Google to retire more services in new round of spring cleaning

Web giant says latest round of closures brings the total of services or features cut to 70 since 2011.

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Steven Musil
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Google announced today that it's taking the ax to a handful of services, including Google Reader, in its latest round of spring cleaning.

Google said it will retire the RSS reader on July 1, giving users and developers a little more than three months to export their data with Google Takeout to alternative RSS readers. The Web giant said in a company blog post today that its decision was based on declining usage of the RSS reader, which Google launched in 2005.

The company also revealed a half dozen other services or features to be eliminated this year, bringing the total number of closures to 70 since it started its spring cleaning campaign in 2011. Google cited the dramatic shift to mobile devices as the impetus behind the latest round of cuts.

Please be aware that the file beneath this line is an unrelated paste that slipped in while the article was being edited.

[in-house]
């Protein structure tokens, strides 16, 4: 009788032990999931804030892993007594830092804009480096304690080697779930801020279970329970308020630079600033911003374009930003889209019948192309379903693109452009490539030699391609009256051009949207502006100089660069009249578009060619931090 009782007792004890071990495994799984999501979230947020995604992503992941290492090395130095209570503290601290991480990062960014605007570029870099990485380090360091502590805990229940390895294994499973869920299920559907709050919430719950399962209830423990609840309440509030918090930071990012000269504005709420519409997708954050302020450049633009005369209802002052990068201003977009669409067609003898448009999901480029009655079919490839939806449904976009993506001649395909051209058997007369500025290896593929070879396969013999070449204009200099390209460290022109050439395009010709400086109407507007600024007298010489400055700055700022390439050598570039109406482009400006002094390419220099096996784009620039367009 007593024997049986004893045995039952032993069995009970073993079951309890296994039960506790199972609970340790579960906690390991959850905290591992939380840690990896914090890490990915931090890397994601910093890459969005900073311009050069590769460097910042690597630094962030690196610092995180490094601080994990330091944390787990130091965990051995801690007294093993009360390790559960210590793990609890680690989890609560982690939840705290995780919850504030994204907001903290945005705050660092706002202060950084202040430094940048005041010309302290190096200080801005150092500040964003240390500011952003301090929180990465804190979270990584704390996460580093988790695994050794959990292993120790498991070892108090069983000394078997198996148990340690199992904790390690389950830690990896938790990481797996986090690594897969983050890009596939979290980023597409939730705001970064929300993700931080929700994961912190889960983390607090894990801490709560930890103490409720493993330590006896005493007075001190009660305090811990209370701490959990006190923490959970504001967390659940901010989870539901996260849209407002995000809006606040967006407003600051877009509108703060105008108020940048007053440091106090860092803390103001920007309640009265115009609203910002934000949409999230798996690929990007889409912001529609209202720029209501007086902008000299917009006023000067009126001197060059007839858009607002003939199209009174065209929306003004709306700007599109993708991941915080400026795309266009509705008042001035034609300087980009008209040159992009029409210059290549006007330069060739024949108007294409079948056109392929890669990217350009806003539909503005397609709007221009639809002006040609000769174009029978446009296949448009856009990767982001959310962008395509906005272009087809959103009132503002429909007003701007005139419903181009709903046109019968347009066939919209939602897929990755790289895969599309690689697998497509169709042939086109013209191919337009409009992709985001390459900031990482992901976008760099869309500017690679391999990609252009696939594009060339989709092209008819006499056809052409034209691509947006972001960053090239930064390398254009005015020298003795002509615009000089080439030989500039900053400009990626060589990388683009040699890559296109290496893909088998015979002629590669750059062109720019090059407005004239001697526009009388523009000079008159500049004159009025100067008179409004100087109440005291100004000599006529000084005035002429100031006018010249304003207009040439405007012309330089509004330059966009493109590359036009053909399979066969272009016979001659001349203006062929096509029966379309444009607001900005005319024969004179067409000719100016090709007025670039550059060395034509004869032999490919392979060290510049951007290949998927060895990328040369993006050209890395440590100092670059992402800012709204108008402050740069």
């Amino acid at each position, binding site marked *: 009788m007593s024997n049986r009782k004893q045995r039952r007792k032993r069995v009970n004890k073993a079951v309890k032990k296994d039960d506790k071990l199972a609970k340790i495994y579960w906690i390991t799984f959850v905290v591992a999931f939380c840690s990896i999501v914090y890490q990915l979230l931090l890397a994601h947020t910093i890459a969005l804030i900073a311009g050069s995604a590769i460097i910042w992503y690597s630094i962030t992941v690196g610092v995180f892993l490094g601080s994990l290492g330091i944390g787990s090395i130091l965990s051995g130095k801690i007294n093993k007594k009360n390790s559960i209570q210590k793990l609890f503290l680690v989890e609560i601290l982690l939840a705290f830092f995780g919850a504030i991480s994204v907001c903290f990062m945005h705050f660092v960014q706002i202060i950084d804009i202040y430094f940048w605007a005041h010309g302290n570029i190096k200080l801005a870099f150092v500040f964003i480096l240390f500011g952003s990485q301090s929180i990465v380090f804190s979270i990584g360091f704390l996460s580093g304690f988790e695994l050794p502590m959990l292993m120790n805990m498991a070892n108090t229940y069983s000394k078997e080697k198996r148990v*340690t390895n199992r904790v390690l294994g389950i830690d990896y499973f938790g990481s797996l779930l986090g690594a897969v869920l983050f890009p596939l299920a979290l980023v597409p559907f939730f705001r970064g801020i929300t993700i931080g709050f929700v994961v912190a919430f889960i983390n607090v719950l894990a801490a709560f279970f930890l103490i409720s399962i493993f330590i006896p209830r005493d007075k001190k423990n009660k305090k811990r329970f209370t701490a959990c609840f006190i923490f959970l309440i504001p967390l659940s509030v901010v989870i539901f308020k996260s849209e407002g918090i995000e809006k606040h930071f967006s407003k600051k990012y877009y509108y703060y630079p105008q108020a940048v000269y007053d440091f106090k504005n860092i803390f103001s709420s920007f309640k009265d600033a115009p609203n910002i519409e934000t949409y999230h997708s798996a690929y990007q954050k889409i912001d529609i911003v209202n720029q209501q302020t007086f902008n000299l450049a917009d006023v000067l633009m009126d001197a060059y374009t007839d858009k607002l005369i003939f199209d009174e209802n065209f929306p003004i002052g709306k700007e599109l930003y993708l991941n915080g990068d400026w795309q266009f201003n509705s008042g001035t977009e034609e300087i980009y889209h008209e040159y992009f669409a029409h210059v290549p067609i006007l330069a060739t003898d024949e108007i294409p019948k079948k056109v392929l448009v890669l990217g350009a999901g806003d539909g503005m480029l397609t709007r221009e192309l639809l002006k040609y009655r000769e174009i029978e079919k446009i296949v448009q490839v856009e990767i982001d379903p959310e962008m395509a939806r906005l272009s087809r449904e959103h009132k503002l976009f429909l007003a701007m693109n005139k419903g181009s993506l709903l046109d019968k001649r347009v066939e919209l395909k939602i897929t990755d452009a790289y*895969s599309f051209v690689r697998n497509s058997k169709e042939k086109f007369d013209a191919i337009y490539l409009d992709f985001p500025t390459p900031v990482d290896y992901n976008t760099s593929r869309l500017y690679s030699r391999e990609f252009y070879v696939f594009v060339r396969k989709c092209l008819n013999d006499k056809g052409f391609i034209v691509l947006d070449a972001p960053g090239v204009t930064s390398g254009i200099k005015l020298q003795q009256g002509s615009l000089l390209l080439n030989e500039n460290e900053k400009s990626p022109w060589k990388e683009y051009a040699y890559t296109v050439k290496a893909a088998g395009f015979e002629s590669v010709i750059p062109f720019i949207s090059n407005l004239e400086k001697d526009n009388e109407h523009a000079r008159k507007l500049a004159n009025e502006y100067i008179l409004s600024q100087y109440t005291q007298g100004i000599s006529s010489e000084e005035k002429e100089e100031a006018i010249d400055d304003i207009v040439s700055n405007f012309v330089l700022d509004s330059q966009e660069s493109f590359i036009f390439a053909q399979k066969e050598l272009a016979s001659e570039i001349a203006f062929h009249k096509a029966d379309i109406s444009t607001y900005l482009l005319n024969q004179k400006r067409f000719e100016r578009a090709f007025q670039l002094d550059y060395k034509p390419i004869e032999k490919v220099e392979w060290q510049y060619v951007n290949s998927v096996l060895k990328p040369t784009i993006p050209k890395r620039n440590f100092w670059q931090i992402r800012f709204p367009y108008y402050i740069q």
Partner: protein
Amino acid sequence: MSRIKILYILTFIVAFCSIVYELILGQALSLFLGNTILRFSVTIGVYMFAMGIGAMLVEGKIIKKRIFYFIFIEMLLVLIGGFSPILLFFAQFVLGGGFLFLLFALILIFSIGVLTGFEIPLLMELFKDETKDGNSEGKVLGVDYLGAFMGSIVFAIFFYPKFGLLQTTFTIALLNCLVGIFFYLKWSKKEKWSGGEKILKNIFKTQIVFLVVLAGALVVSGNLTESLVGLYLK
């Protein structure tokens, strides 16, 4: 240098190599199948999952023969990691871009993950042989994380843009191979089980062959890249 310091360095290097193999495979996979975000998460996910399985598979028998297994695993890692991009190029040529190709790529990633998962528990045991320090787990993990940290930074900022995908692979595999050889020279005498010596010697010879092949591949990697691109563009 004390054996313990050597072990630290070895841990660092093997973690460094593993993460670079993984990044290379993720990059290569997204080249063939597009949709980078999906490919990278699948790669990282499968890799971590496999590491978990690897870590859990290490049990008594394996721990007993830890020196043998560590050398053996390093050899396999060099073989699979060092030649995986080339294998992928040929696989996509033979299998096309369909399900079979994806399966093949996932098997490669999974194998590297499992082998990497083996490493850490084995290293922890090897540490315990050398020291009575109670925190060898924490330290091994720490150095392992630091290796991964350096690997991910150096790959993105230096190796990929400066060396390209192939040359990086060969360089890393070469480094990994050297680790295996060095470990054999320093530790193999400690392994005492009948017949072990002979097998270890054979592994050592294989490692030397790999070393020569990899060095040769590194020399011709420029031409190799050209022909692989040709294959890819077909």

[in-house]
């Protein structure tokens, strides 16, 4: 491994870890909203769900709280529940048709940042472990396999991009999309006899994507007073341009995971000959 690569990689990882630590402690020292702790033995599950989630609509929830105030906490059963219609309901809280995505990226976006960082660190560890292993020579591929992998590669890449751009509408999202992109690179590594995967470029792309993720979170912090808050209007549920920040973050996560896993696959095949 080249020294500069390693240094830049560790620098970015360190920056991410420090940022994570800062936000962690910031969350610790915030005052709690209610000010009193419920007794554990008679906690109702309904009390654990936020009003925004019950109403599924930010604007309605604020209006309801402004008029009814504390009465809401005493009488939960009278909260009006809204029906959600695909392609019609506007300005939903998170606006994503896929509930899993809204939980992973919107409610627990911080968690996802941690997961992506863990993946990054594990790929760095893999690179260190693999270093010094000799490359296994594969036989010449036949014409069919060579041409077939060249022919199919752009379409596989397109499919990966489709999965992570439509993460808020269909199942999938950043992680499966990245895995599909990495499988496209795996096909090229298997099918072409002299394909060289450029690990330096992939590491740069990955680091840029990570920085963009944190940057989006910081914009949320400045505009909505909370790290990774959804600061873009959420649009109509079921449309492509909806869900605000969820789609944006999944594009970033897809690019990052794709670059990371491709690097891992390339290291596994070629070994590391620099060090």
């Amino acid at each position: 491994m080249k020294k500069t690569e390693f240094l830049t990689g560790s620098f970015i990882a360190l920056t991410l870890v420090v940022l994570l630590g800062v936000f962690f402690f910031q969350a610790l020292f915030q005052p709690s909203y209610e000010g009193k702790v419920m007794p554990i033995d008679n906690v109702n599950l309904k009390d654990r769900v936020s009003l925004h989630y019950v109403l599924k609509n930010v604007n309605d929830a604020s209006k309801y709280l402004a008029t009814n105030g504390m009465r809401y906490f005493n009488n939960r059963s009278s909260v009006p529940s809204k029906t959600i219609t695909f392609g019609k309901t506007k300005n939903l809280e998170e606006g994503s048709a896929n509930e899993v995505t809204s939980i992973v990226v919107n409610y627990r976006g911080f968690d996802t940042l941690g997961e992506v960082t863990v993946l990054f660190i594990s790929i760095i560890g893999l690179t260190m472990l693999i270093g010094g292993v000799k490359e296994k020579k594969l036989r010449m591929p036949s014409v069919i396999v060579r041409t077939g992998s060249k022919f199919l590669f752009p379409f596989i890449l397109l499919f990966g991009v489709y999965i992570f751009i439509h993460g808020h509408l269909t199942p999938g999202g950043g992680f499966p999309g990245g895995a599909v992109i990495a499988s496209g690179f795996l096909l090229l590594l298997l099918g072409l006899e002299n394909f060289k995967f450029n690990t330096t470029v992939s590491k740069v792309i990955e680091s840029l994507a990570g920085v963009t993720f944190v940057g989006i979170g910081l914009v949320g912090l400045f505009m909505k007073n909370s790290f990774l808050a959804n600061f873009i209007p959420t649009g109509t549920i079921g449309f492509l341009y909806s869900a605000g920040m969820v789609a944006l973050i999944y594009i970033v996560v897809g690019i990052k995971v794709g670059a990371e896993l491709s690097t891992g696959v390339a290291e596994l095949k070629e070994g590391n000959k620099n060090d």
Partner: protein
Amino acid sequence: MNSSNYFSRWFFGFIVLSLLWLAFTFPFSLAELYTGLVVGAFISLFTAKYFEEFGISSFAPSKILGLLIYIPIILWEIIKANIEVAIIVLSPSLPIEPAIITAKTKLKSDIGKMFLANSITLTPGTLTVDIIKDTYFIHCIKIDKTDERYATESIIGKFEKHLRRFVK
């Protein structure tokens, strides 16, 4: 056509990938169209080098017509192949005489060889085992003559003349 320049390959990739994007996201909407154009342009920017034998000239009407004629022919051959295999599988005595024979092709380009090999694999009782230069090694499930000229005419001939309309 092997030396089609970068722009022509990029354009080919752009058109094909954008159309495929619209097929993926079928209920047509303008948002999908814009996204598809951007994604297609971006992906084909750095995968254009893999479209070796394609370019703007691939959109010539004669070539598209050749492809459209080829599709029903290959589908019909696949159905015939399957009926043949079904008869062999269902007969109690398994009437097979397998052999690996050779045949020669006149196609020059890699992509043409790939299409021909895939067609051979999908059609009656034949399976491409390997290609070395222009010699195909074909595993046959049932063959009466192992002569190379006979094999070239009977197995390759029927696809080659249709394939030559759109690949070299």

"It's been a long time since we have had this rate of change -- it probably hasn't happened since the birth of personal computing 40 years ago," Urs Hölzle, senior vice president of Technical Infrastructure, wrote in the blog. "To make the most of these opportunities, we need to focus -- otherwise we spread ourselves too thin and lack impact."

The company announced today that it will immediately cease sales and updates for photo-editing software Snapseed Desktop for Macintosh and Windows, though it will continue to offer the related mobile app on iOS and Android for free. Next week, Google with end support for Google Voice App for BlackBerry and recommends that BlackBerry users wishing to continue using the app switch to its HTML5 app.

For developers, Google is shutting down its Search API for Shopping, GUI Builder and five UiApp widgets, and CalDAV API, which will still be available only to white-listed developers. These tools will close on September 16.

Other closures announced today include Google Building Maker, which allowed people to make 3D building models for Google Earth and Maps, and the Google Cloud Connect plug-in, which automatically saved Microsoft Office files from Windows PCs in Google Drive.